We don’t always support taking life advice from Homer Simpson, but he’s right about one thing: pork is awesome, and it’s incredibly versatile. You can make a great sausage with pork (don’t worry, we’ve got a guide for that). And then there are the ribs. We have a whole collection of rib recipes to keep your grill busy all summer—a few of our favorite include char-smoked baby back ribs and Kansas City-style spareribs with a sweet and spicy barbecue sauce. And how about sandwiches? Start your day off right with a biscuit sandwich with collard greens, marbleized eggs, espresso aioli, and eight slices of salty pancetta. For lunch, move onto our decadent porchetta sandwich with hazelnut gremolata or banh mi with seasoned pork and Vietnamese-style ham and pork roll.
Braised Pork Shank (Stinco di Maiale)
Pork shanks are braised with chicken stock, beer, and plenty of aromatics, including fresh rosemary, and finished with parsley and lemon zest in this hearty dish from celebrated Portland restaurant Nostrana. Get the recipe for Braised Pork Shank (Stinco di Maiale)»
The go-to Chinese filling: juicy pork mixed with the fresh onion flavor of garlic chives. Try to find a fatty blend of ground pork; it will improve the filling’s flavor and juiciness. Chopped garlic chives, which have a peppery raw-garlic flavor, and fresh ginger cut through the rich meat. Make sure the dumplings are completely sealed and devoid of air bubbles to prevent any leaks during boiling. This recipe is adapted from The Dumpling Galaxy Cookbook. Get the recipe for Classic Pork and Chive Dumplings »
Spicy Creole Pickled Pig’s Trotters
Natural gelatin released by pig’s trotters during cooking gives them a jellied consistency. In Creole cuisine, they were traditionally served chilled as an hors d’oeuvre or battered and fried like chicken. While trotters do not contain a lot of pure meat, their skin and cartilage are edible and—once pickled—loaded with tart, porky flavor. The silky pickings from one or two make an excellent addition to beans or braised greens, like the delicious sweet and sour collards Chef Jean-Paul Bourgeois makes at his restaurant Blue Smoke in New York City. Get the recipe for Spicy Creole Pickled Pig’s Trotters »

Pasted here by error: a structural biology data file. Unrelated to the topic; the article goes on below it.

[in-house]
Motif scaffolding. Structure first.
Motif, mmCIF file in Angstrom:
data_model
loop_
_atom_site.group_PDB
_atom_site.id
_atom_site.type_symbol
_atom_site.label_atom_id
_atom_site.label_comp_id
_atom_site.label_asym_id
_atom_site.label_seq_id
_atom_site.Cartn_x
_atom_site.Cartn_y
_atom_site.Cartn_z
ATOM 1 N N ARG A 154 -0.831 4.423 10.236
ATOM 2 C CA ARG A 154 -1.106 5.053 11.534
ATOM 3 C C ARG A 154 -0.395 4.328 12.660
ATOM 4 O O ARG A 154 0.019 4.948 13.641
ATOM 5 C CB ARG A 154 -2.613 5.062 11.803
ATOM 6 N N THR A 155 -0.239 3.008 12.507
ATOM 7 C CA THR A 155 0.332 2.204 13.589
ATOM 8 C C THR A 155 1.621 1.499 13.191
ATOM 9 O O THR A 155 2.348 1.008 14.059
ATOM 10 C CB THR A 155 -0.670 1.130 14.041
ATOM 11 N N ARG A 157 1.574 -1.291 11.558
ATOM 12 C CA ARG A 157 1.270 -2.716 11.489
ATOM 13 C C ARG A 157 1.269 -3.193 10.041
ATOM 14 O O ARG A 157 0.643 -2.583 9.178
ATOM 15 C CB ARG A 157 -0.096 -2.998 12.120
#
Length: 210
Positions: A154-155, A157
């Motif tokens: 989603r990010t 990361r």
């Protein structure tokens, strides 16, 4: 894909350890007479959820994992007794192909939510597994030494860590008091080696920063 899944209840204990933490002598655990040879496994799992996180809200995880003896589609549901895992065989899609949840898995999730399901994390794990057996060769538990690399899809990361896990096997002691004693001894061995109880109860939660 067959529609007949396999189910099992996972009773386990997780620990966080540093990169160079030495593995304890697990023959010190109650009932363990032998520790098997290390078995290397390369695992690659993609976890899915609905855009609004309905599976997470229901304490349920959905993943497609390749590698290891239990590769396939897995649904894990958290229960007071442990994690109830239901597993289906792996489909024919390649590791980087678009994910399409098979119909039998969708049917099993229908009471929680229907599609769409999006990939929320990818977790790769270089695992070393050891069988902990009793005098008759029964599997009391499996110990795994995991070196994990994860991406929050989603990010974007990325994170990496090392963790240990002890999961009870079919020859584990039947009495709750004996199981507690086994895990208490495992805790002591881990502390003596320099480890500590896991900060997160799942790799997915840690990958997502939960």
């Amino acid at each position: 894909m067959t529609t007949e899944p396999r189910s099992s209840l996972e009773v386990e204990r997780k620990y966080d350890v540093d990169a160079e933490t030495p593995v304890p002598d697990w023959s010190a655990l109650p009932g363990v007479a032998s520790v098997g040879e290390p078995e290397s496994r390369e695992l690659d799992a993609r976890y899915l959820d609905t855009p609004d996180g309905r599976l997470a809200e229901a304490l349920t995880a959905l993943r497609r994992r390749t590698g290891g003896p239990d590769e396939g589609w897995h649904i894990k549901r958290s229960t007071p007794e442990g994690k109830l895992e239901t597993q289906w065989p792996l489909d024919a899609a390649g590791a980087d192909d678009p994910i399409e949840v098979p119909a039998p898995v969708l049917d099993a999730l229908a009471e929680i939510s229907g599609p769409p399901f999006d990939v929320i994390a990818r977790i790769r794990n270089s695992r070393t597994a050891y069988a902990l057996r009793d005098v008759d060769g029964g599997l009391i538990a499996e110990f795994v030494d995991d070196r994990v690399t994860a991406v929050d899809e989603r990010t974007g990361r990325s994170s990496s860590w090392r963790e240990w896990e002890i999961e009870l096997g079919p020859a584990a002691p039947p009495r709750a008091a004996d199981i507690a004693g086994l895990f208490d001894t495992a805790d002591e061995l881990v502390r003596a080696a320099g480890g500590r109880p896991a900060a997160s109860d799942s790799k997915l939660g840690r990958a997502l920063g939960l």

Traditionally this dish is part of many celebrations of life in Mexico as well as US border towns from birthdays to weddings to large family gatherings. When it’s made at home or for a party it is best to serve it family style. Posole can remain in the stockpot and be served directly from it with the accompaniments at the table where guests, friends and family can add as much or as little of the ingredients as they please. Get the recipe for Posole Rojo »
Pasta in Italy is served lightly coated, not completely covered, in sauce. To avoid overburdening delicate homemade noodles, cut them about ¾ inch wide to help pick up the sauce, and toss gently with spoonfuls of sauce and pasta water a little at a time. Fresh pig’s blood, used in both the pasta dough and ground sausage mix, can be found in Hispanic, Eastern European, or Chinese markets, though you may have to call a few to track it down. Get the recipe for Blutnudeln with Blood Sausage Bolognese »
jeyuk bokkeum stir fried pork
A three-day brining, smoking, and charring process adds incredible flavor to these ribs from chef Chris Shepherd of Underbelly in Houston. The result tastes like grilled bacon.
Pork and Duck Sausage
Most sausage recipes call for a meat mixture that is about 30 percent fat—using too much can yield a link that is more greasy than luxurious. Here, Russell Moore of Camino in Oakland, California, combines pork belly with rich duck liver and skinless duck breast—fatty duck skin is too tough—for a perfectly tender sausage.
You can get a bowl of green chili most anywhere in the American southwest, but New Mexicans are particularly proud of their chile verde, with its hunks of juicy pork shoulder and tart tomatillo-based sauce. The dish gets its oomph from green chiles, ideally the gorgeous ones grown around the town of Hatch, of which New Mexicans are likewise justly proud. Get the recipe for Chile Verde »
Rye’s Red Chili
Pulled pork stands in for the burnt ends of barbecued brisket in this robust Kansas City-style bean chili inspired by one from the restaurant Rye KC in Leawood, Kansas.